The only thing you’ll be barred from playing offline is the “Tower of Time” mode, but that is dependent on online connections to mix up parameters and what not. If you intend to play this on a train ride or long flight, you can at least make progress and then rest your console until you get to a Wi-Fi connection. Whether or not you think that is acceptable is up to you, but I certainly don’t care for it.

As for how the online plays, I’m quite surprised at the consistency of it. You’re never going to get 100% lag-free gameplay in any fighter, but Mortal Kombat 11 is a massive improvement over the efforts Nintendo does with its own titles. I’m not sure if the same netcode is taken from the other console versions, but fights feel smooth when the connection is good. Your moves will come out with minimal delay, specials can be properly meter burned, and stringing hits together doesn’t feel like a crapshoot. I can see myself hopping in bed, jumping online, and throwing down for a few before going to sleep.

Mortal Kombat 11 Switch

Story mode, too, delivers a great experience. Cutscenes are obviously compressed, but retain much of their detail from the other versions. Since they are all FMVs, the transitions between gameplay and cutscene can be jarring, but the switch is usually seamless. A few hiccups occur after battles, but they typically don’t manifest for very long. You’ll just get some skipped audio and frame pauses, which is something that even the PC ports of past Mortal Kombat games suffered from.

Finally, the Krypt mode is here and it easily suffers the most. I wouldn’t call it unplayable, but this is the only portion of MK11 on Switch where you can feel the limitations of Nintendo’s platform. The game shoots for 60 FPS, but it rarely maintains it and the loss of visual quality is just staggering. This almost looks like a PS2-era game, at times, and the draw distance is beyond ugly. Opening chests regularly incur framerate drops and even general movement feels sluggish.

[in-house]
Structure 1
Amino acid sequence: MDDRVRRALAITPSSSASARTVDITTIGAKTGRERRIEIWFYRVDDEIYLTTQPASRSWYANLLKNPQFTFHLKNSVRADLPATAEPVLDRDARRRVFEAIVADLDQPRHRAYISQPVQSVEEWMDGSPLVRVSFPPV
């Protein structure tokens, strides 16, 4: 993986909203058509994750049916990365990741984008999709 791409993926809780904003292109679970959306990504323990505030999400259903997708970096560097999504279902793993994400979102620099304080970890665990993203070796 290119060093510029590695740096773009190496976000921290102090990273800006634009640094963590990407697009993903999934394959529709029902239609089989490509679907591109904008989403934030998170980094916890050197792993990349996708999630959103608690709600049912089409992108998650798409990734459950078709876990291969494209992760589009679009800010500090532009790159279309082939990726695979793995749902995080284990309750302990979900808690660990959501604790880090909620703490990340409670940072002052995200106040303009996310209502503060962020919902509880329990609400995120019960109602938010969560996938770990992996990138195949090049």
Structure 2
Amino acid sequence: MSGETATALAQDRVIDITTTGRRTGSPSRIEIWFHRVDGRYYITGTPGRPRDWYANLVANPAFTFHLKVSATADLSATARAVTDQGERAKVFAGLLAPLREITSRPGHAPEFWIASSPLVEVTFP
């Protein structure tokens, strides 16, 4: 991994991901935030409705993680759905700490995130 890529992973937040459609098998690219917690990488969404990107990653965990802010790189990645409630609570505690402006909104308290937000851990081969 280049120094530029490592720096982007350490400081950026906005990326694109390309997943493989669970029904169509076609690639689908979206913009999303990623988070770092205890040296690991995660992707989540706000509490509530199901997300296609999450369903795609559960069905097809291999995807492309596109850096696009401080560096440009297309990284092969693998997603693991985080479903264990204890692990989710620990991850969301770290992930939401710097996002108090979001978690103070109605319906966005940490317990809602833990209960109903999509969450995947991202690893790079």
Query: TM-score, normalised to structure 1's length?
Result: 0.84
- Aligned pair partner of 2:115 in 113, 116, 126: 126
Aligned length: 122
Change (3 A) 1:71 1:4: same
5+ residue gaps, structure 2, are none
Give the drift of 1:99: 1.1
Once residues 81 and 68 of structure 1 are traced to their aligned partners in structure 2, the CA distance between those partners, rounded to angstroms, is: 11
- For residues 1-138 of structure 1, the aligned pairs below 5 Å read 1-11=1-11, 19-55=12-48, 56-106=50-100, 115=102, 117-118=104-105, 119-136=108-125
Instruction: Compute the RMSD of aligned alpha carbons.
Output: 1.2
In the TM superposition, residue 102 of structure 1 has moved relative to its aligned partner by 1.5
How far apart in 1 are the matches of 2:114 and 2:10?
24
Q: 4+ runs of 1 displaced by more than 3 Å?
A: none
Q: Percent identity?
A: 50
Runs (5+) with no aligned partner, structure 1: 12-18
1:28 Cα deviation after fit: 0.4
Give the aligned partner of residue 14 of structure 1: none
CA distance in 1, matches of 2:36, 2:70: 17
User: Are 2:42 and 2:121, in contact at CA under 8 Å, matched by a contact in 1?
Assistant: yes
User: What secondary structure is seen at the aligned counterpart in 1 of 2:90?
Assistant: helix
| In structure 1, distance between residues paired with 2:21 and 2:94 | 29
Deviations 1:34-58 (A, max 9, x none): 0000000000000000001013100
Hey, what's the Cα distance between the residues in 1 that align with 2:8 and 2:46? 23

The thing with that mode, though, is that it isn’t an action-based game type. While there is some combat to be had, you’re mostly exploring Shang Tsung’s island and unlocking chests. This isn’t something that demands fluidity and I could easily see people exploring the Krypt to unlock things on the go…that is, if you could actually keep them offline. Still, it’s the only sour part of the package that is really made worse by the exceptional grind that NetherRealm put into MK11.

Mortal Kombat 11 Switch

As Destructoid’s Chris Moyse points out in his review, there are a ton of roadblocks to you unlocking things. The incredibly unfair tower battles, the multiple currencies to accumulate, the crafting system that basically does nothing: Getting the skins you want is made purposely difficult and I don’t like it. I just want to dress Scorpion in a pink gui. Why can’t I simply unlock that with gold? Well, I could by opening my wallet, but I’m not going to feed the corporate machine that thrives on the weak-willed.

So apart from design flaws inherent to Mortal Kombat 11, itself, the Switch version is quite desirable. Like I said, this is not the definitive port of the game, but it provides a very acceptable experience that is just as playable as other versions. The 60 FPS lock is truly magical, making it easy to ignore the highly downgraded visuals. You’re not losing playability, which is the most important part of a fighting game.

If you were looking forward to the physical edition, then I’m sorry to say that it’s kind of a bust. At least you can play something with just the cart, but it’s a real missed opportunity to include the full thing. You’ll have to make your peace with that, though, because most everything else about this port is good.

[This impressions piece is based on a retail build of the game purchased by the author.]